The author has been described by News Ltd as an "iconoclast", "Svengali", a pollie's "economist muse", and "pungently accurate". Fairfax says he is a "Renaissance man" and "one of Australia’s most respected analysts." Stephen Koukoulas concludes that he is "85% right", and "would make a great Opposition leader." Terry McCrann claims the author thinks "‘nuance’ is a trendy village in the south of France", but can be "scintillating" when he thinks "clearly". The ACTU reckons he’s "an enigma wrapped in a Bloomberg terminal, wrapped in some apparently well-honed abs."

Tuesday, August 7, 2012

Why I back the big bad banks (sort of) in controversial 'Libor' scandal

In today's AFR I assume an historically odd position: defending private banks against public prosecution. I also develop what I think is a fairly novel analysis of the scandal currently swirling around the London Interbank Offered Rate (aka 'Libor'), which has already cost Barclays $450 million, its Chairman and CEO, and implicated the Bank of England, the New York Federal Reserve, and Timothy Geithner. It is available for free over at the AFR. Excerpt only follows:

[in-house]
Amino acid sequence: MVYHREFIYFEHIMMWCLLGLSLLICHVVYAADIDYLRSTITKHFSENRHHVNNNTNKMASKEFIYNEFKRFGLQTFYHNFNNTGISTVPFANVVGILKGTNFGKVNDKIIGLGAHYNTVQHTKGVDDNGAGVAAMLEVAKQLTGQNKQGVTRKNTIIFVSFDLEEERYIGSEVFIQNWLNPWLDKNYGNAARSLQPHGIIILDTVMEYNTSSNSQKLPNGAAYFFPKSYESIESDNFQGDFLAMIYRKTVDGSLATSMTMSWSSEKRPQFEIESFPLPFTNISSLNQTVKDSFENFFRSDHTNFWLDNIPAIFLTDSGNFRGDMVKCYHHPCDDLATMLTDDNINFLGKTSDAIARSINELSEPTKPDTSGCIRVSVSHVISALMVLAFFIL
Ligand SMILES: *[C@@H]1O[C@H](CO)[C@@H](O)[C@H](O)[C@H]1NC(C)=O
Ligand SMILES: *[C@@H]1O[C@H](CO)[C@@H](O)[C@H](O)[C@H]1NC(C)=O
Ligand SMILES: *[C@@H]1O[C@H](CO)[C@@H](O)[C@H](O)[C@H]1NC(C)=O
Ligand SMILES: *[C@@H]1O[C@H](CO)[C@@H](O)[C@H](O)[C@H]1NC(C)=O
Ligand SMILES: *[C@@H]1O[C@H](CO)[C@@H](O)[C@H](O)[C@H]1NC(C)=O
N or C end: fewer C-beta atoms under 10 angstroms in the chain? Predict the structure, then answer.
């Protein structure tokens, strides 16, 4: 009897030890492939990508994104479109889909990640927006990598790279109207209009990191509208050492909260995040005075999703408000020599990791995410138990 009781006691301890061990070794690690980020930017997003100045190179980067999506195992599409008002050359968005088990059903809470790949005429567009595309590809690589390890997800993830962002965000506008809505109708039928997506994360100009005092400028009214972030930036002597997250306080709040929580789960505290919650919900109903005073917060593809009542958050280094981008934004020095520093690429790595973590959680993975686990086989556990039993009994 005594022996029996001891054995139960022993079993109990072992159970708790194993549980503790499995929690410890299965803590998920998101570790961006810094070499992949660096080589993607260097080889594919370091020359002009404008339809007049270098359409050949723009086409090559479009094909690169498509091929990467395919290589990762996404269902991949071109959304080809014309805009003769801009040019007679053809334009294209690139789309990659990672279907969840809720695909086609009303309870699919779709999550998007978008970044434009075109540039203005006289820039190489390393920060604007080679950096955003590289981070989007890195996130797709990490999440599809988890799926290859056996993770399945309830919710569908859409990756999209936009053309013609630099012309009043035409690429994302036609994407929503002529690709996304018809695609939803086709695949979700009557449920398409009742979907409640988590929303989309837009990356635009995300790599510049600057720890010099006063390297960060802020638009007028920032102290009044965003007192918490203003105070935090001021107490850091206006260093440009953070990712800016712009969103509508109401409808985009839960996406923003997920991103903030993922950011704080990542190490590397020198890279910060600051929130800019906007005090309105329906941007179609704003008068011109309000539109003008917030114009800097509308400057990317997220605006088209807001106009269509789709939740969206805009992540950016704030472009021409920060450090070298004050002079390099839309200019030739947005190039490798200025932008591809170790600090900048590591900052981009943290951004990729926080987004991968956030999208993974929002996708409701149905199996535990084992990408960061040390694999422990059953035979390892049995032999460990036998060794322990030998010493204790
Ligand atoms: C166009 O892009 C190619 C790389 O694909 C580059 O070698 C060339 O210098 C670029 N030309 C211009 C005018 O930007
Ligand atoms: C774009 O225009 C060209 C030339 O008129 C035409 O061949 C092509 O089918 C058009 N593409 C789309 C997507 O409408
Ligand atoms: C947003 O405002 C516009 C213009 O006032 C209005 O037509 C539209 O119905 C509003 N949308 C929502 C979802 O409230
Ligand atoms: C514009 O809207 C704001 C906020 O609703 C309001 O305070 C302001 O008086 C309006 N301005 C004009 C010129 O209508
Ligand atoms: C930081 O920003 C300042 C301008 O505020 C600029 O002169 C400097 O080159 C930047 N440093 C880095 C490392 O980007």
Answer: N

While institutions might have tried to undercook their Libor rates, the far more active distortions of bank credit costs were actually being wrought by central bankers and sovereign treasuries. If you question this claim, consider what Libor rates banks would have paid in the absence of this support. And vigorous manipulation of private credit costs by public authorities continues to this day.

Understanding this dynamic helps shed light on the profoundly influential public-private nexus that serves as both the insurance that protects economies from catastrophe, and the source of so much deeply ingrained moral hazard. This is precisely why I first canvassed the need for a “Son of Wallis” financial system inquiry back in July 2009.

While we popularly characterise financial markets – and the participants that populate them – as expressions of “laissez faire” capitalism, the truth is that the price of credit (and hence “money”) is normally determined by non-democratically elected officials working in central banks.